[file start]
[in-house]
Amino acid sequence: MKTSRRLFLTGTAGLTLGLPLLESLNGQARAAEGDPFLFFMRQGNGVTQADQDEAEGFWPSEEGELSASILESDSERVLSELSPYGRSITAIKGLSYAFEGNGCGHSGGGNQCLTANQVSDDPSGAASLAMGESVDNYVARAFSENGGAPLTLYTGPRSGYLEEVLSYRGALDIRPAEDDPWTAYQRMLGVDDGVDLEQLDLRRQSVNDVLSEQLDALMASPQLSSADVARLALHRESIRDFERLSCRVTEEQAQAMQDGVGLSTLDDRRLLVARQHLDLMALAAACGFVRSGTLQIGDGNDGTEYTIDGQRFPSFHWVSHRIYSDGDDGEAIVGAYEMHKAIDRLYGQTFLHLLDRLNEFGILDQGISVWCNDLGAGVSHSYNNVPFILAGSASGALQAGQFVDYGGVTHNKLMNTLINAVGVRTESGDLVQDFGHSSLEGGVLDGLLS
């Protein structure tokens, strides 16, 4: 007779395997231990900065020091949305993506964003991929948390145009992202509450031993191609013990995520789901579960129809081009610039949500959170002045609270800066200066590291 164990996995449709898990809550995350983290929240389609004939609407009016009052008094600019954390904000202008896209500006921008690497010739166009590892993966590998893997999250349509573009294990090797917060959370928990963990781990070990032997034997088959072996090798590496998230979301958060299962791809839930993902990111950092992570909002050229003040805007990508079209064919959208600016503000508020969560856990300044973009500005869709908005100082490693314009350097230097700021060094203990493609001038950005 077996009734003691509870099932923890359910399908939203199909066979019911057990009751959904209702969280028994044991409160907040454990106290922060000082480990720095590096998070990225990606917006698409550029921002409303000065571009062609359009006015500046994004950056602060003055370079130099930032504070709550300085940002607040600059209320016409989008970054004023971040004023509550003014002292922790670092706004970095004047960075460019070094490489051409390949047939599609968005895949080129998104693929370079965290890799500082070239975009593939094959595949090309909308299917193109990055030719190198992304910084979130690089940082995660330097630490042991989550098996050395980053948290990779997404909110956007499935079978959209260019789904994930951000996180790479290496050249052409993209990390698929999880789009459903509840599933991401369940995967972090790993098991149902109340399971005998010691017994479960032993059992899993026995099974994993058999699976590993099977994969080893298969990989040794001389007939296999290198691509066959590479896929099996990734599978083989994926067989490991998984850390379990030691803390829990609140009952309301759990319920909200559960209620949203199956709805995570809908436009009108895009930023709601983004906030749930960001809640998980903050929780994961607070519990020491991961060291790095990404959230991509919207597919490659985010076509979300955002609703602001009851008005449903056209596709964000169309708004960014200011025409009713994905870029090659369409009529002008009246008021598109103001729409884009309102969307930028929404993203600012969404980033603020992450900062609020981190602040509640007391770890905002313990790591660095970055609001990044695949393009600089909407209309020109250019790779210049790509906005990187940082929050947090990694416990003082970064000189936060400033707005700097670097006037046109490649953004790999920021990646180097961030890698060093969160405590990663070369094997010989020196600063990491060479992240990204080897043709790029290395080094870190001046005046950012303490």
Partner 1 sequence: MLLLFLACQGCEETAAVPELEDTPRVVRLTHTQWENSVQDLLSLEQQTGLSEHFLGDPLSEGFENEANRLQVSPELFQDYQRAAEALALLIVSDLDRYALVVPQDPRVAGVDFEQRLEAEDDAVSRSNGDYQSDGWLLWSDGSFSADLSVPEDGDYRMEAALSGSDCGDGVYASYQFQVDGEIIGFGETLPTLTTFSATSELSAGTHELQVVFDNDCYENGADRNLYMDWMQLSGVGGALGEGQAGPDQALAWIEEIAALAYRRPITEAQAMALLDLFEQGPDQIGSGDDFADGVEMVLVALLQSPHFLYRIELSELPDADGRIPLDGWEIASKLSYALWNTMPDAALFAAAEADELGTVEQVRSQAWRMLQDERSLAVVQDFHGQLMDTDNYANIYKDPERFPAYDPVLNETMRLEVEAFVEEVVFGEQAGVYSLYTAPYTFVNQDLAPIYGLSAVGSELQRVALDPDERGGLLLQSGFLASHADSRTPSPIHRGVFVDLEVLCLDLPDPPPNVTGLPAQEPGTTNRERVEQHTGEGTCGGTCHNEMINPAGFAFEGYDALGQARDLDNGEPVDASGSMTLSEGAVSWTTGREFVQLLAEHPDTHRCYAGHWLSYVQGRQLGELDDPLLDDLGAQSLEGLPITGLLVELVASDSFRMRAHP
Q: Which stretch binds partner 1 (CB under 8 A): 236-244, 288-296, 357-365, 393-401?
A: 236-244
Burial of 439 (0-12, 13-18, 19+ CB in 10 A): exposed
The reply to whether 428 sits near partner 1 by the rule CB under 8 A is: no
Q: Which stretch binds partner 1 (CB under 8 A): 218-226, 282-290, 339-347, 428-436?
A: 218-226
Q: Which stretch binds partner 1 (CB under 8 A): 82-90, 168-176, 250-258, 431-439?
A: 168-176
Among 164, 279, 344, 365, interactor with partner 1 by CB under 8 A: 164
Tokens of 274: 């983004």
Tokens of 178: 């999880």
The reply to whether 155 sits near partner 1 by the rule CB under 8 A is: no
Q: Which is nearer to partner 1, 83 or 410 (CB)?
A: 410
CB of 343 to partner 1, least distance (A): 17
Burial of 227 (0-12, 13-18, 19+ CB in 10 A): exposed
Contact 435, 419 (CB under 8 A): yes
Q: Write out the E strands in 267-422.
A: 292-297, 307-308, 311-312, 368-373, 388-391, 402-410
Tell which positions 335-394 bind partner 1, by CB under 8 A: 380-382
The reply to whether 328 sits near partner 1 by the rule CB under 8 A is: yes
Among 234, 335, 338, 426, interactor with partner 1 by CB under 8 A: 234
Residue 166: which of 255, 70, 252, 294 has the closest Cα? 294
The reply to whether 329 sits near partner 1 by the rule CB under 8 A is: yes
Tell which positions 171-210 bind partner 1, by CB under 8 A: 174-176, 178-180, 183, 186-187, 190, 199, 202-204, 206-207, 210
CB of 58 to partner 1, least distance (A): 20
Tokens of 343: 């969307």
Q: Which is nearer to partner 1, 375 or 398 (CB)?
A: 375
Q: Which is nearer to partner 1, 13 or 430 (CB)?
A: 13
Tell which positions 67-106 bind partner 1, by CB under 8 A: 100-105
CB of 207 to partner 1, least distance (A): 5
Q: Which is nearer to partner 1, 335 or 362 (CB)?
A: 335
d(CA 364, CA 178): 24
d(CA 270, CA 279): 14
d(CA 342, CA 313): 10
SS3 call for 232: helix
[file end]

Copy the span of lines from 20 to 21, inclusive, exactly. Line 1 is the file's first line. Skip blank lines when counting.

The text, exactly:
Burial of 227 (0-12, 13-18, 19+ CB in 10 A): exposed
Contact 435, 419 (CB under 8 A): yes